5 risky driving behaviors and their impact on your bottom line
September is safety month around the Derive offices and while we’ll be focusing on different areas of safety in fleet management, we figured we’d start with one of the most fundamental aspects of safety: Driving behaviors.
You spend a lot of time in driver coaching and invest in telematics to make sure that coaching is paying off when drivers are behind the wheel, but training and telematics can’t stop all risky driver habits, or stop road rage which seems to be contagious. Last year, in a study by the AAA Foundation for Traffic Safety, it was reported that 80% of respondents expressed significant anger or aggression behind the wheel at least once in 2017.
Why do we get so angry behind the wheel? Most of it boils down to psychology.
- Territorial: Drivers feel entitled to their space and revenge if their space is cut into or taken over
- Habitual: Drivers can be trained but in the long run, habits tend to win out and drivers who speed or tailgate in their own vehicles will do it in their work vehicle too
- Unaware: Finally, a lot of drivers aren’t aware of the consequences of their aggressive driving or not afraid of the consequences
Avoid your drivers falling into bad driving habits this fall by reviewing these five risky driver behaviors and how they impact the whole fleet.
1. Rapid acceleration
Rapid acceleration wastes fuel and puts extra stress on the vehicle’s engine and transmission, thus upping maintenance costs or even needing to replace vehicles well before they need to be. The U.S. Department of Energy notes that harsh accelerations and harsh braking can lower gas mileage between 15-30% at highway speeds, meaning you’re paying more in fuel for the same mileage.
Coach drivers on slower starts, leaving enough room between them and the vehicle ahead to safely gain speed, and even turning it into a metric on their driver scorecard.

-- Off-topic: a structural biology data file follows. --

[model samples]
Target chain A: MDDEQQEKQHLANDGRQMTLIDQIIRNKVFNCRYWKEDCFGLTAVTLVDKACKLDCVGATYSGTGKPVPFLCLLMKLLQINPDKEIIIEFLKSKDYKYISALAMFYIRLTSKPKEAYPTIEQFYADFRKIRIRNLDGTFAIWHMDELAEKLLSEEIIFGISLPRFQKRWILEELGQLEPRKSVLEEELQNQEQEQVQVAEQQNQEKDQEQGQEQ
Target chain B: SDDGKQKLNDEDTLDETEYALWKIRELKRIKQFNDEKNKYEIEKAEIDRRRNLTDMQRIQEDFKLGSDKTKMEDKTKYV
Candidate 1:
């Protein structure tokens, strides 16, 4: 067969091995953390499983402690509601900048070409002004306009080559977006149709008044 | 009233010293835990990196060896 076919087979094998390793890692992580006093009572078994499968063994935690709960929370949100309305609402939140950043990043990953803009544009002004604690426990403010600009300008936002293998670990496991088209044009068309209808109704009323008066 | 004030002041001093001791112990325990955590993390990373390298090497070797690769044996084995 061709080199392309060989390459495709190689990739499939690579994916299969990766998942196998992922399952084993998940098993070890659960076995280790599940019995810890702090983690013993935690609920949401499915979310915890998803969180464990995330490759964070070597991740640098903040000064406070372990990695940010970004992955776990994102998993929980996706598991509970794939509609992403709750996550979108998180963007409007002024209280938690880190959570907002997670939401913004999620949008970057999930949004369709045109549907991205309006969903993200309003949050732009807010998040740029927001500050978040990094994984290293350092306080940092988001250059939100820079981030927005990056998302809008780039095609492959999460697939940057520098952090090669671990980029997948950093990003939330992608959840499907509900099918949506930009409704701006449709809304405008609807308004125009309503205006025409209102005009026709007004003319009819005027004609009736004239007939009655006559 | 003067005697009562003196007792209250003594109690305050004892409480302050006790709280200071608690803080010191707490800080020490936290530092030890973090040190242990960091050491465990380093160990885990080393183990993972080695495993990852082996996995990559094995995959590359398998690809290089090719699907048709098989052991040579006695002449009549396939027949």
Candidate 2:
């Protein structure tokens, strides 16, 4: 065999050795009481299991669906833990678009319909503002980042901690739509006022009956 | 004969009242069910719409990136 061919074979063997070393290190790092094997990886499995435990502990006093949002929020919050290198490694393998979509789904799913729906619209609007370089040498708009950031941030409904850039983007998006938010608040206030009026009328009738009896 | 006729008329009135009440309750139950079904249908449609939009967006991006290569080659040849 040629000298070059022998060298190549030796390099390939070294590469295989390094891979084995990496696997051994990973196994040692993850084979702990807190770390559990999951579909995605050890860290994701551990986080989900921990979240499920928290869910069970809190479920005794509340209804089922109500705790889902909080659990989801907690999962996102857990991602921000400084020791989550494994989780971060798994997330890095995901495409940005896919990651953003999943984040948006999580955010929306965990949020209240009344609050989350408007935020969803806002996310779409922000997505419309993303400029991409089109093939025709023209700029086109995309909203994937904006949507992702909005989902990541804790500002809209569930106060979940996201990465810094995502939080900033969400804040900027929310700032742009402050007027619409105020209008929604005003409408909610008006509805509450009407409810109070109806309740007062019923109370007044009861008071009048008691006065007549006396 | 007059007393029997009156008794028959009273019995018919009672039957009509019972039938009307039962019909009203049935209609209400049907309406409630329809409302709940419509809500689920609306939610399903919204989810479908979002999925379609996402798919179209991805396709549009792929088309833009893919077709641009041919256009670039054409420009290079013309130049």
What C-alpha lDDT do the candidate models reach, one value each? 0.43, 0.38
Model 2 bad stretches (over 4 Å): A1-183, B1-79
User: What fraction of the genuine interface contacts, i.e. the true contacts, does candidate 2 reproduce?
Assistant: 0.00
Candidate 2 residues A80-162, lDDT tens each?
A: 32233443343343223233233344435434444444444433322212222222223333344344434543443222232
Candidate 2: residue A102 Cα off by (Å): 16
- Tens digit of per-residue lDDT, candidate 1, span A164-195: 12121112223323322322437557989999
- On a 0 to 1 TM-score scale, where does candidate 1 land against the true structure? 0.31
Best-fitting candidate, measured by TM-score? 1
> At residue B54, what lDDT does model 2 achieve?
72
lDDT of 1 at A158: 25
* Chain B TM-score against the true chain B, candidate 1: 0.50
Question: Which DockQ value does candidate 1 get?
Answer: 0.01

According to the NHTSA, speeding accounts for 26% of all US traffic fatalities. Speeding is incredibly dangerous for both your driver and others on the road, and also takes its toll on the engine and uses more fuel than necessary.
Driving at 65 mph consumes up to 15% more fuel than driving 55 mph, which is only driving up your fuel costs and putting your drivers at risk of an accident, which could turn into a rate increase for insurance.
Most GPS tracking systems can set alerts for speeding events so you can closely monitor speed, or you could invest in speed limiters and take away the ability to speed from the vehicle itself.
3. Hard braking
Hard braking is most often a result of tailgating and can quickly cause brake damage and reduce their lifespan, making it more likely that vehicle will be involved in accident due to faulty parts. Hard braking also increases regular maintenance costs as well as downtime for the vehicle to be in the shop, meaning you’re paying for it twice.
Train drivers to keep at least three to five seconds in distance between them and the vehicle in front to give enough time for proper braking.
4. Distracted driving
Each day, distracted driving kills nine people and injures more than 1,000 (according to the NHTSA). A text is not worth your driver’s life or the life of someone they’re sharing the road with. Checking a phone reduces our reaction time
Enforce a no cellphone policy or equip your drivers’ phones with Distracted Driving Prevention (DDP™) software which locks them out of apps and receiving calls.
5. Not buckling in
It takes two seconds. That’s it. Two seconds to save lives, what better ROI is there than that? Seatbelt use keeps your drivers safe, can keep insurance premiums low, and lowers accident costs. Make sure drivers are buckled in with seatbelt compliance solutions where they can’t shift out of park until they’re strapped in.
Review these dangerous driving behaviors with your employees and reinforce how they go against your safety policies, the consequences that come with breaking them, and reinforce and reward good driver behavior to strengthen your fleet’s safety culture this September.
Another option to drive change in your fleet and overcome these risky driving behaviors is through Active Vehicle Management (AVM). With AVM you can put speed limiters on vehicles, reduce idle RPM and tailor shift points to improve fuel efficiency, stop distracted driving, and enforce seatbelt compliance. Contact us to learn more!